With newly published research reports showing that higher concentrations of vitamin C can be achieved in the blood plasma than previously thought possible, antioxidant researchers have penned their names to a plea for a scientific re-evaluation of the Recommended Dietary Allowance (RDA) for vitamin C.
A dozen prominent antioxidant researchers, authors, and clinicians say the prevalent belief that 200 milligrams of oral vitamin C, an amount that can be obtained by eating five servings of selected fresh fruits and vegetables, can saturate the blood plasma and additional amounts are excreted in the urine, has now been disproved. Two recently published papers indicate that blood plasma levels of ascorbic acid can be raised three times greater than a flawed 1996 study indicates. One of the published studies shows that blood plasma concentrations of vitamin C continue to rise with a single 1000 milligrams dose of supplemental vitamin C.
Drs. Steve Hickey and Hilary Roberts, pharmacology graduates of the University of Manchester in England assert the initial studies used to determine the blood plasma saturation point for vitamin C failed to calculate for the half life of this vitamin. In their newly published book, Drs. Hickey and Roberts show that the original calculations used to establish the RDA were performed 12 hours, or 24 half lives, after oral consumption of vitamin C and are therefore invalid. (Ascorbate: The Science of Vitamin C, 264 pages, referenced, ebook: www.lulu.com/ascorbate)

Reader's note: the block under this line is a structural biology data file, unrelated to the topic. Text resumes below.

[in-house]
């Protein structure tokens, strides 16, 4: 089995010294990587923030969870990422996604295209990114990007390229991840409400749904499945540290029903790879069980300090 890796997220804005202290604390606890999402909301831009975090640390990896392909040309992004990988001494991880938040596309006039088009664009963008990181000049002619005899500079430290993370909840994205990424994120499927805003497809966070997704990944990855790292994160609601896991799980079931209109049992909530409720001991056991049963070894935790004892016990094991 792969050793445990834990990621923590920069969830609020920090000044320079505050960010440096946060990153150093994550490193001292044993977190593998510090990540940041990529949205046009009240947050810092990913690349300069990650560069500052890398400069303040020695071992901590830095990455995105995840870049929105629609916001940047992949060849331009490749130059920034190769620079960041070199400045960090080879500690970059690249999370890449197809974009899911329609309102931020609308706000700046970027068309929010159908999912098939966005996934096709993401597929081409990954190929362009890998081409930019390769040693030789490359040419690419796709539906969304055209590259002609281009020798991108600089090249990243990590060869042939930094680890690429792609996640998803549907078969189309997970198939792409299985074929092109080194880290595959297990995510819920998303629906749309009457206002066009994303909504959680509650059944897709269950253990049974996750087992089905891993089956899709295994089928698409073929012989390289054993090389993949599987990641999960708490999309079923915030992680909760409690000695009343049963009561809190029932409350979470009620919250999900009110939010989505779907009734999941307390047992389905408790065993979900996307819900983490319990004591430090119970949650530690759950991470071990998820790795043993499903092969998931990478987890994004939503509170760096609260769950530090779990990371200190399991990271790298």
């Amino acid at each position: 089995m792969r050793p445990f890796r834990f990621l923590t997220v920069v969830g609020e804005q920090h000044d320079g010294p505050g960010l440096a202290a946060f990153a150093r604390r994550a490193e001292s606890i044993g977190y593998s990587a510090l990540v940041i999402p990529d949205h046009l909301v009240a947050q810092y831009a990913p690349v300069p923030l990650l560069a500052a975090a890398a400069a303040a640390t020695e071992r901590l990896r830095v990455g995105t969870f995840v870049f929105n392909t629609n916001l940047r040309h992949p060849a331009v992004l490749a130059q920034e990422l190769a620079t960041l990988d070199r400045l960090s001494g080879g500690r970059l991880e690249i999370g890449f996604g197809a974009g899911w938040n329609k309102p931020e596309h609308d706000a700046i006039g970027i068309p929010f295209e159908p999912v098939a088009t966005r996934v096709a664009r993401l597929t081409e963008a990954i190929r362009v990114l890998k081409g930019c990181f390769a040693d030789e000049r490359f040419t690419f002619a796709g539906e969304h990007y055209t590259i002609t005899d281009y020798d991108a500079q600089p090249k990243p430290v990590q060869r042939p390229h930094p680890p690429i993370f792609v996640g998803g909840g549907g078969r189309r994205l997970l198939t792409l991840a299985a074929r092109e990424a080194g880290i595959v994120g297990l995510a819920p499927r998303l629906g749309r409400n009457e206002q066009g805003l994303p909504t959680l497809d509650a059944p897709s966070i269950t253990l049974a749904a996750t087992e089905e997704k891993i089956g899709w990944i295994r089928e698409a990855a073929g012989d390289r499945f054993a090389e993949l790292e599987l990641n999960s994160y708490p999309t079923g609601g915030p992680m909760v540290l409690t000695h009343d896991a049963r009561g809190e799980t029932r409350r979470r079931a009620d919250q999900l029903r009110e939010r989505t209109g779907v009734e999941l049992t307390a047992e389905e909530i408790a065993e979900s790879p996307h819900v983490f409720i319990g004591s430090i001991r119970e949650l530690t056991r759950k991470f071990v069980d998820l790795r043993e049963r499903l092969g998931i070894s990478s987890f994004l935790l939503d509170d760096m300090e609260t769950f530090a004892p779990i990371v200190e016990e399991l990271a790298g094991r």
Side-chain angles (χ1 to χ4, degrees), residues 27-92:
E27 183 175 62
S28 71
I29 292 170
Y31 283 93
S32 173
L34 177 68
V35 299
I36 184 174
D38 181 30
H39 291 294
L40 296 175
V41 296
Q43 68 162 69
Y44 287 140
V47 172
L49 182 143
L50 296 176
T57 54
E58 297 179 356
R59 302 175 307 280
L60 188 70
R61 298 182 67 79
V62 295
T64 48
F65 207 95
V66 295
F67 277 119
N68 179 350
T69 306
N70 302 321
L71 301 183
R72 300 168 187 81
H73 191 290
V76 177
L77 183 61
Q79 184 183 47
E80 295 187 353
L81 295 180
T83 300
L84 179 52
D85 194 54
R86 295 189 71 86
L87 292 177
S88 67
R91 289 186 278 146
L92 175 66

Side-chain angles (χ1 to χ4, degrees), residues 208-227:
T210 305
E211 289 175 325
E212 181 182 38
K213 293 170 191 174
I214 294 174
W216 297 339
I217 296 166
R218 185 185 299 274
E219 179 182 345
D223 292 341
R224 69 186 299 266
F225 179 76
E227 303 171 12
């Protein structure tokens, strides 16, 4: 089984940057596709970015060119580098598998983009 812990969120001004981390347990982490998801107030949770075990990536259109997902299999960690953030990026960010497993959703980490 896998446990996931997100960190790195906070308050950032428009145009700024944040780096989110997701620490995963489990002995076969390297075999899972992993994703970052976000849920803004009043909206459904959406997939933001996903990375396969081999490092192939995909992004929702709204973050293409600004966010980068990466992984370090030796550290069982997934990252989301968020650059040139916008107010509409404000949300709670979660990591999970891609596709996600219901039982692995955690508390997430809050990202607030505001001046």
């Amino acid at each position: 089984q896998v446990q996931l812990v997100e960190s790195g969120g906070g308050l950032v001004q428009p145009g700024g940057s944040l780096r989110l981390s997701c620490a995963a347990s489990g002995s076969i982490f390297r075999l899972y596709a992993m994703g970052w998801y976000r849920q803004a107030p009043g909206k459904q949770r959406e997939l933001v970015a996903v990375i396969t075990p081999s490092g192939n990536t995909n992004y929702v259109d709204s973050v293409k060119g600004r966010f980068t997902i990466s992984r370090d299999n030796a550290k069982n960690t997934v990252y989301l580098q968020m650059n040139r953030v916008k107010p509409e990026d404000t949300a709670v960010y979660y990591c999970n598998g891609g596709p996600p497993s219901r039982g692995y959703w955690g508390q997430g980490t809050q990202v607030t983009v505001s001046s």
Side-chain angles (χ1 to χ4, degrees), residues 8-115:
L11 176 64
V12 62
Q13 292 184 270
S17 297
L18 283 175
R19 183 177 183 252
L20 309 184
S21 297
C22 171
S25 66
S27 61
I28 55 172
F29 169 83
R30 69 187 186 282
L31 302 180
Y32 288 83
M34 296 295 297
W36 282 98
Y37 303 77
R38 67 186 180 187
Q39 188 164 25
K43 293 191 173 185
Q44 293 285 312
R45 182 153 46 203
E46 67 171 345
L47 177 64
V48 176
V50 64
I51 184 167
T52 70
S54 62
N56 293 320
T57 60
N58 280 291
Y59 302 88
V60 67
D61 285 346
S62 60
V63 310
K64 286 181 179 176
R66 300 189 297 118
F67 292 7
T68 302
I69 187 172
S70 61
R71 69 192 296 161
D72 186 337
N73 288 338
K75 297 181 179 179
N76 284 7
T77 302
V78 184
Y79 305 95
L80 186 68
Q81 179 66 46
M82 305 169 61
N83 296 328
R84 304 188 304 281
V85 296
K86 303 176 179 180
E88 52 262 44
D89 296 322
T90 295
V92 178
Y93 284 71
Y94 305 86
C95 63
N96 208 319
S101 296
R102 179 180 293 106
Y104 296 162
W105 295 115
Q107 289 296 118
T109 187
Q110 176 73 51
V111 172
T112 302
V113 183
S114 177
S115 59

In addition to Drs. Hickey and Roberts, the list of researchers calling for a re-evaluation of the RDA for vitamin C includes: Thomas E. Levy MD, JD, author of Vitamin C, Infectious Diseases, and Toxins: Curing the Incurable (Philadelphia, PA: Xlibris Corporation; 2002); Robert F. Cathcart III, MD, a practicing physician and advocate of high oral-dose vitamin C therapy; Richard Passwater PhD, antioxidant researcher and author of Supernutrition; Patrick Holford, London, author of the Optimum Nutrition Bible; Dr Archie Kalokerinos, M.D., Graduate Sydney University, Australia, author of Vitamin C: Nature's Miraculous Healing Missile; Joel M. Kaufman, PhD, Professor of Chemistry Emeritus, University of the Sciences in Philadelphia, special interest in medicinal chemistry; Professor Ian Brighthope, Managing Director, Nutrition Care Pharmaceuticals Pty Ltd, Australia; Hugh D. Riordan, M.D., Director - Bio-Communications Research Institute, Wichita, Kansas; and Abram Hoffer, M.D., PhD., F.R.C.P., a practicing physician, advocate of nutritional medicine and editor of the Journal of Orthomolecular Medicine.